What Happens If a University Burns Down? We Revisit the Old Urban Legend

According to legend (the origins of which are unknown), if a university were to burn down, or be destroyed in another way, all current students would immediately graduate with a bachelor’s degree.

There are a couple of major problems with this theory, the first being that most universities cover acres of land and contain dozens, if not hundreds, of buildings, so it’d be nearly impossible to burn down an entire campus unless you have the code to a nuclear bomb.

The second issue we have with this myth is the assumption that a school would get rid of its entire student body in the wake of a massive tragedy. As seen in previous instances of natural disasters and university shootings, academic institutions don’t abandon their students. They offer up safer alternatives.

When Hurricane Katrina devastated New Orleans in August 2005, Tulane University was forced to cancel its fall semester after sustaining more than $650 million in damages. At the time, university president Scott Cowen encouraged students to take classes at other colleges while they worked to clean up the campus.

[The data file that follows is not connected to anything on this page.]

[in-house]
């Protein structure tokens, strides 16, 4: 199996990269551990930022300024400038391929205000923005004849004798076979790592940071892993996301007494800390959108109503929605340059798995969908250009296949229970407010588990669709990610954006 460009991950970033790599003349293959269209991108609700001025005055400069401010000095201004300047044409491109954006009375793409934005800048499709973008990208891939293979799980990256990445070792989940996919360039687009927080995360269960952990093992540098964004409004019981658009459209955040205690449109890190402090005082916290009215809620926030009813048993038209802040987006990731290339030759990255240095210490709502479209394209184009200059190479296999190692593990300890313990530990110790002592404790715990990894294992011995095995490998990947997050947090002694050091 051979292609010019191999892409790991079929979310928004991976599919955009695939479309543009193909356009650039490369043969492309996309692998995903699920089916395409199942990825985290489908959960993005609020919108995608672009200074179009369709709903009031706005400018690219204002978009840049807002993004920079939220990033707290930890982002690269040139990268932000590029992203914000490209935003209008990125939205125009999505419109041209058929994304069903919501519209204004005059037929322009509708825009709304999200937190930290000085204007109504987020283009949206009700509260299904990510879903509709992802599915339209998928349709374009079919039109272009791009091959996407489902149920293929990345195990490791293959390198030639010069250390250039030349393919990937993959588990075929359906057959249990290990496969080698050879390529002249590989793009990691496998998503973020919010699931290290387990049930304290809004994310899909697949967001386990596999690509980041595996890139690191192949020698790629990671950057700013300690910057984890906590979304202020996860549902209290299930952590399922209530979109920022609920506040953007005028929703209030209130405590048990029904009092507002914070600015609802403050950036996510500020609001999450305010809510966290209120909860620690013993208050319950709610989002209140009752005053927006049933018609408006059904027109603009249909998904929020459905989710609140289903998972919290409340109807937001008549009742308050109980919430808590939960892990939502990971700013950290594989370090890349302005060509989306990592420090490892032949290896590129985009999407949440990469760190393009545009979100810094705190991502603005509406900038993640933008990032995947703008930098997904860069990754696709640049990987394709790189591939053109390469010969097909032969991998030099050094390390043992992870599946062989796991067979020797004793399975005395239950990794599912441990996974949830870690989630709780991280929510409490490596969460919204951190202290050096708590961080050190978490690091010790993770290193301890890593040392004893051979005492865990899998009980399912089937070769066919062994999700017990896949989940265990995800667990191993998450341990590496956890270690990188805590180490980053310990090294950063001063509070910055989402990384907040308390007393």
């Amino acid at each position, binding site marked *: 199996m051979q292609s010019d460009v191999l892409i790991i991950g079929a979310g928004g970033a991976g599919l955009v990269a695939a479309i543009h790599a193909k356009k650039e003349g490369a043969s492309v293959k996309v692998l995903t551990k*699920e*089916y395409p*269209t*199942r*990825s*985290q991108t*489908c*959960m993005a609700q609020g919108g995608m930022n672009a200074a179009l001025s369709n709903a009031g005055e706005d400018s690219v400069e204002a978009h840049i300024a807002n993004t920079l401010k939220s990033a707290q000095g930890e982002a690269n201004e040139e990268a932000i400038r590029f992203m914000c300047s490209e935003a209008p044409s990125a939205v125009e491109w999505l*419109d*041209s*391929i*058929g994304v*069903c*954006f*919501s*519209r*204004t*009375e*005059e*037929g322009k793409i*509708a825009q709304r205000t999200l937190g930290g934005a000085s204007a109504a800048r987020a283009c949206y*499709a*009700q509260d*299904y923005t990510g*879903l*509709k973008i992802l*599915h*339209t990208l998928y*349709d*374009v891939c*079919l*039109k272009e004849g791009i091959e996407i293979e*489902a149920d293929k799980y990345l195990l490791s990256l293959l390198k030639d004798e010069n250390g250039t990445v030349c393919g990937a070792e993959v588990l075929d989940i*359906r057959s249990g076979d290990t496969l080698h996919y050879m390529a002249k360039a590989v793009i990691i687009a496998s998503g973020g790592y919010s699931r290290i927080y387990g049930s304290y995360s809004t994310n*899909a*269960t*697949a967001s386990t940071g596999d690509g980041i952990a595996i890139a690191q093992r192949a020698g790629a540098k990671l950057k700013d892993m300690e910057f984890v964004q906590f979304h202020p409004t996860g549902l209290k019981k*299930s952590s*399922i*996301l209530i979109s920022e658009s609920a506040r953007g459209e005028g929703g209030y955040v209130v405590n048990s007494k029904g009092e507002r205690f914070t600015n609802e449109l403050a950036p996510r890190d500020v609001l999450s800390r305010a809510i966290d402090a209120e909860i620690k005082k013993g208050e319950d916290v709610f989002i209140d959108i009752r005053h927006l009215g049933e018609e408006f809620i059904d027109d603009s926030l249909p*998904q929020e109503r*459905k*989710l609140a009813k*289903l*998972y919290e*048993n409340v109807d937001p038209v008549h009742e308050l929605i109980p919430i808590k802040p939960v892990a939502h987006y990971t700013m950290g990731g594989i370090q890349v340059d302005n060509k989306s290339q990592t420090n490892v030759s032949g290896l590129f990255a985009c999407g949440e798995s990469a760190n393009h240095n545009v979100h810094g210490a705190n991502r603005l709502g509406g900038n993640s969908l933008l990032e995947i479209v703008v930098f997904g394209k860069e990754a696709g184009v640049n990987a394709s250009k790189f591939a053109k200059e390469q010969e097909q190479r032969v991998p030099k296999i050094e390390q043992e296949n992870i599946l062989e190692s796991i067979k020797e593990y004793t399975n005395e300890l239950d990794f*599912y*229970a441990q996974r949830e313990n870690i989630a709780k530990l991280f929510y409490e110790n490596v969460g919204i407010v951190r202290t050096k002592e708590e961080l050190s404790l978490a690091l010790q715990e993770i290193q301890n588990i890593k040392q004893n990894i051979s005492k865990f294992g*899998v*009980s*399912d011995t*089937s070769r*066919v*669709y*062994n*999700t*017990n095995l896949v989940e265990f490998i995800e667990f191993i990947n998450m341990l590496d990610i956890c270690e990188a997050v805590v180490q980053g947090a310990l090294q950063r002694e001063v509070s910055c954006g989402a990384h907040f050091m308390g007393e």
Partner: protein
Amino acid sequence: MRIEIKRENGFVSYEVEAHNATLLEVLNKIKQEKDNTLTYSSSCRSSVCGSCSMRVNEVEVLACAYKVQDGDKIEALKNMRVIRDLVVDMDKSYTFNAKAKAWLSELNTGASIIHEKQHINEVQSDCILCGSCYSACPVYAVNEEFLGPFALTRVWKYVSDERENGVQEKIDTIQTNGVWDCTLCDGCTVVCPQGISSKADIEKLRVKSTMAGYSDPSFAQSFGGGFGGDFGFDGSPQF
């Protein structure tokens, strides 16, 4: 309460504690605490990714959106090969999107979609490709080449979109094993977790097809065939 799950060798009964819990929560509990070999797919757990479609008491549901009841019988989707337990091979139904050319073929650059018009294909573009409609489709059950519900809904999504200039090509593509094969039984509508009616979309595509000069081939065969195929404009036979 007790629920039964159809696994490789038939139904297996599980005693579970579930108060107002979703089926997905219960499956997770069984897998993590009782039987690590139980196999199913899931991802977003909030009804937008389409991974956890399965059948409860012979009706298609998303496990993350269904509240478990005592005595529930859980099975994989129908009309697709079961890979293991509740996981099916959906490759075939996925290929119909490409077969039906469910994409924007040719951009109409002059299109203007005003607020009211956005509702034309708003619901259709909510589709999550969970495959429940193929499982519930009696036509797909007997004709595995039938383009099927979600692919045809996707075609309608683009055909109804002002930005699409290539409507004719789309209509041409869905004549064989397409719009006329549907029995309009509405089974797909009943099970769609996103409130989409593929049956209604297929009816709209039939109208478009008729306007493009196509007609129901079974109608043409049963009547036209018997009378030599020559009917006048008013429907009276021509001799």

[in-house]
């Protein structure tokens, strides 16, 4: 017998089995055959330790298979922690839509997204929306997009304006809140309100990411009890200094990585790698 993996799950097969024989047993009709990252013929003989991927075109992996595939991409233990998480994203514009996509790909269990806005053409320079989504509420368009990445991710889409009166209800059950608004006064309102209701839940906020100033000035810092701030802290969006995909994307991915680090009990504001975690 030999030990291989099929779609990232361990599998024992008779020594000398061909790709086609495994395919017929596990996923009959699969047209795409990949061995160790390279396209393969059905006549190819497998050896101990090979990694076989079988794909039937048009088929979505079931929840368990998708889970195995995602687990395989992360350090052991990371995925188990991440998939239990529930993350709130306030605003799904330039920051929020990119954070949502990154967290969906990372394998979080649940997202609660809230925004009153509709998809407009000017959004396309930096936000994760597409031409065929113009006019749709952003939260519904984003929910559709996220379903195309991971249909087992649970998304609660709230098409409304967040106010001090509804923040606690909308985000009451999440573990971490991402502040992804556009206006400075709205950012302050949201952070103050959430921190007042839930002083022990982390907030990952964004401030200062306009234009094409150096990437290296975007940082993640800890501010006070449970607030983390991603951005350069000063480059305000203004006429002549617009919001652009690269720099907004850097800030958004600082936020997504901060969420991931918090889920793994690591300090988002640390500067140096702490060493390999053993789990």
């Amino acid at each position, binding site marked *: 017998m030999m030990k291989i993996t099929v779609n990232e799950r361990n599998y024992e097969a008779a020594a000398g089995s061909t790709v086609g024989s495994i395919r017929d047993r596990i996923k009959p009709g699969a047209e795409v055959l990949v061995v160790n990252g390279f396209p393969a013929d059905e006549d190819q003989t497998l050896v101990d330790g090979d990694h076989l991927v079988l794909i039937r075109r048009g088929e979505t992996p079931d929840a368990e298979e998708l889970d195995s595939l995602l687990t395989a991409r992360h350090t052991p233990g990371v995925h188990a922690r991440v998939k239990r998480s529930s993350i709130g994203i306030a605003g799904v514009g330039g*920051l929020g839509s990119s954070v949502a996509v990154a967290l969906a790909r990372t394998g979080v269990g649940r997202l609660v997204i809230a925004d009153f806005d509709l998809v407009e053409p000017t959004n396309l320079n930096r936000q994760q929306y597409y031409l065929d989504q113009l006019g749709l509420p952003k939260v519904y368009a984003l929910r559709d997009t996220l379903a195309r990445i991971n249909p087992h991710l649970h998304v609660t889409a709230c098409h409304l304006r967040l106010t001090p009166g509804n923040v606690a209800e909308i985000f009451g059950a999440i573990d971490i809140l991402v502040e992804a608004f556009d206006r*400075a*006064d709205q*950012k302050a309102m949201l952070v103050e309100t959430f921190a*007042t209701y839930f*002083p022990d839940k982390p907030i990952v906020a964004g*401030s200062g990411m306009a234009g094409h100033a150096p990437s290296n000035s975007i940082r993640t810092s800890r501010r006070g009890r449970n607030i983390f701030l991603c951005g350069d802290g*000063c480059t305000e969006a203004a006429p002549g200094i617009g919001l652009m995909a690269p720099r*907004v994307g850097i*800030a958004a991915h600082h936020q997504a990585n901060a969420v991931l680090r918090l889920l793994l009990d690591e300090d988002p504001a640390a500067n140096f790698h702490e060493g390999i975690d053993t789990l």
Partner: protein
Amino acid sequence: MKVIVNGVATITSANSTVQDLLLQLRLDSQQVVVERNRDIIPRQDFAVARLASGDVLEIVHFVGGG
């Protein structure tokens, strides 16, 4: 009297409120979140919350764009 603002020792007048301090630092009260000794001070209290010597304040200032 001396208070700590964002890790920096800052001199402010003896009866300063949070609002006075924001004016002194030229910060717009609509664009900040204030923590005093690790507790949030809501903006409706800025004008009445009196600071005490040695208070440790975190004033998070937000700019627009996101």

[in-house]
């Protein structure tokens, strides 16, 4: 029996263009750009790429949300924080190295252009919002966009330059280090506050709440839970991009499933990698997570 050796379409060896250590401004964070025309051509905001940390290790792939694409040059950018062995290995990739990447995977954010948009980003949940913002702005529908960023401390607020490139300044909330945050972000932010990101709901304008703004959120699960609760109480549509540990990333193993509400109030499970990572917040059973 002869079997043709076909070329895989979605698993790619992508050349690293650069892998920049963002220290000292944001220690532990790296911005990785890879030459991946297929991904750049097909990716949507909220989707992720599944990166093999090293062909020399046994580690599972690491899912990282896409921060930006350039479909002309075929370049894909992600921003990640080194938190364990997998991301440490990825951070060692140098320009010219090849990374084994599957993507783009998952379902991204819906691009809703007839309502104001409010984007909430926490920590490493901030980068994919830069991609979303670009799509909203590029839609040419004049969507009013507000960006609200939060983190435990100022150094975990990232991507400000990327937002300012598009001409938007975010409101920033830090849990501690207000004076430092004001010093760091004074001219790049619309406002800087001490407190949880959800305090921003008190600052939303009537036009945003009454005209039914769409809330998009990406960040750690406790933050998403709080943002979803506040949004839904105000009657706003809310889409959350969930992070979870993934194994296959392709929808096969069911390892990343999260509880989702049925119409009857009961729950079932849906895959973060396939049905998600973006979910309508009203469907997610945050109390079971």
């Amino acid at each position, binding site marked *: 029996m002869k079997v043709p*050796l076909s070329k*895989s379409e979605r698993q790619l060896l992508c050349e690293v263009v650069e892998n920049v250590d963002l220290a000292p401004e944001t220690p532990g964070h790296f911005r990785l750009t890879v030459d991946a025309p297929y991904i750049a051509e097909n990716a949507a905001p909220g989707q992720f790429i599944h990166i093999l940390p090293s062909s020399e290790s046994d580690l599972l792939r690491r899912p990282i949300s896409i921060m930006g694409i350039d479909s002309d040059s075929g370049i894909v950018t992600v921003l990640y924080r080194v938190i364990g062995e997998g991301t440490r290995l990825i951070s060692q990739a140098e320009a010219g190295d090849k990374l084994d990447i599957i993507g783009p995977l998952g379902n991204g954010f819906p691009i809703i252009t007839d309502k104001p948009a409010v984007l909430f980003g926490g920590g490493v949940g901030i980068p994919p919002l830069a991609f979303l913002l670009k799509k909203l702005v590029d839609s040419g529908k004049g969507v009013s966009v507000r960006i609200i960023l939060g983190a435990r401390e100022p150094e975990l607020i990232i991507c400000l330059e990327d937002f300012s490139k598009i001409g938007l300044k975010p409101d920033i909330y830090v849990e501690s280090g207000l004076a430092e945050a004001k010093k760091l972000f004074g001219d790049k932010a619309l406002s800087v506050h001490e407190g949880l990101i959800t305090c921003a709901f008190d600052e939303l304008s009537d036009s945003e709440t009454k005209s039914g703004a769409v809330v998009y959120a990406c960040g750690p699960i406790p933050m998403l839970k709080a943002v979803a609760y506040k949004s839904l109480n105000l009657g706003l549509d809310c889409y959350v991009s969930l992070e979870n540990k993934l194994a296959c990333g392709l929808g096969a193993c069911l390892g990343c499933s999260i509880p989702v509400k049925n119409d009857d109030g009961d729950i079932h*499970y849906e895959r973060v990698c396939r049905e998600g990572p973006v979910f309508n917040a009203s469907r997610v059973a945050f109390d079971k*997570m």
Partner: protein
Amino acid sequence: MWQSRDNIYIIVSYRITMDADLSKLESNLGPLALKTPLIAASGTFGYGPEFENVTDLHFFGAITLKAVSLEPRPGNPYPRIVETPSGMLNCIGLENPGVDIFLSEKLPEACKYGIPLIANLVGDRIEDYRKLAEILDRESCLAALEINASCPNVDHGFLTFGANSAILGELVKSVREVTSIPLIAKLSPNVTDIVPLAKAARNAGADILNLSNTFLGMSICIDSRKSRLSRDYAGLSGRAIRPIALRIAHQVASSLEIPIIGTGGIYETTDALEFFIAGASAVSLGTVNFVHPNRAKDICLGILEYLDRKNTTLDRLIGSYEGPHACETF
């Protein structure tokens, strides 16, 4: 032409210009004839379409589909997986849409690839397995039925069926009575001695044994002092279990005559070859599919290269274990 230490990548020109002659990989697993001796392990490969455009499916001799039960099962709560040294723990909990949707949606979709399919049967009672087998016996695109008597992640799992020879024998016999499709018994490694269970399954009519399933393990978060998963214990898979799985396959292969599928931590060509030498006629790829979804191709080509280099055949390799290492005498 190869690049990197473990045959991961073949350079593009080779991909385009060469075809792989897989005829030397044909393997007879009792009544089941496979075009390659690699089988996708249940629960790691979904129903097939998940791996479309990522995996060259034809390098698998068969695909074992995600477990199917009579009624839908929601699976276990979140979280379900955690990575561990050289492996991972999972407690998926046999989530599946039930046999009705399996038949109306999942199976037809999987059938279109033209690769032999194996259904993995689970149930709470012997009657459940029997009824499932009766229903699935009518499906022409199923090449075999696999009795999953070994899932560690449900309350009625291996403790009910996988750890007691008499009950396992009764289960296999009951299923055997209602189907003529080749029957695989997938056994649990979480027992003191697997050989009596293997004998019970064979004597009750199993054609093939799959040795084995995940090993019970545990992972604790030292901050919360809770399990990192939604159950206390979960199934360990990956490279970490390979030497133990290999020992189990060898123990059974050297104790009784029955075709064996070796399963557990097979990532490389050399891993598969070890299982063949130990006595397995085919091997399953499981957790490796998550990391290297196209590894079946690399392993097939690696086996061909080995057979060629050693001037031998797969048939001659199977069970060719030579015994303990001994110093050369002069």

In the case of the April 2007 Virginia Tech shooting, during which a student killed 32 people and wounded 17 others, the school suspended classes for just one week, but did give students the option to abbreviate their coursework and still receive a grade. The students who died in the attack were all granted posthumous degrees.

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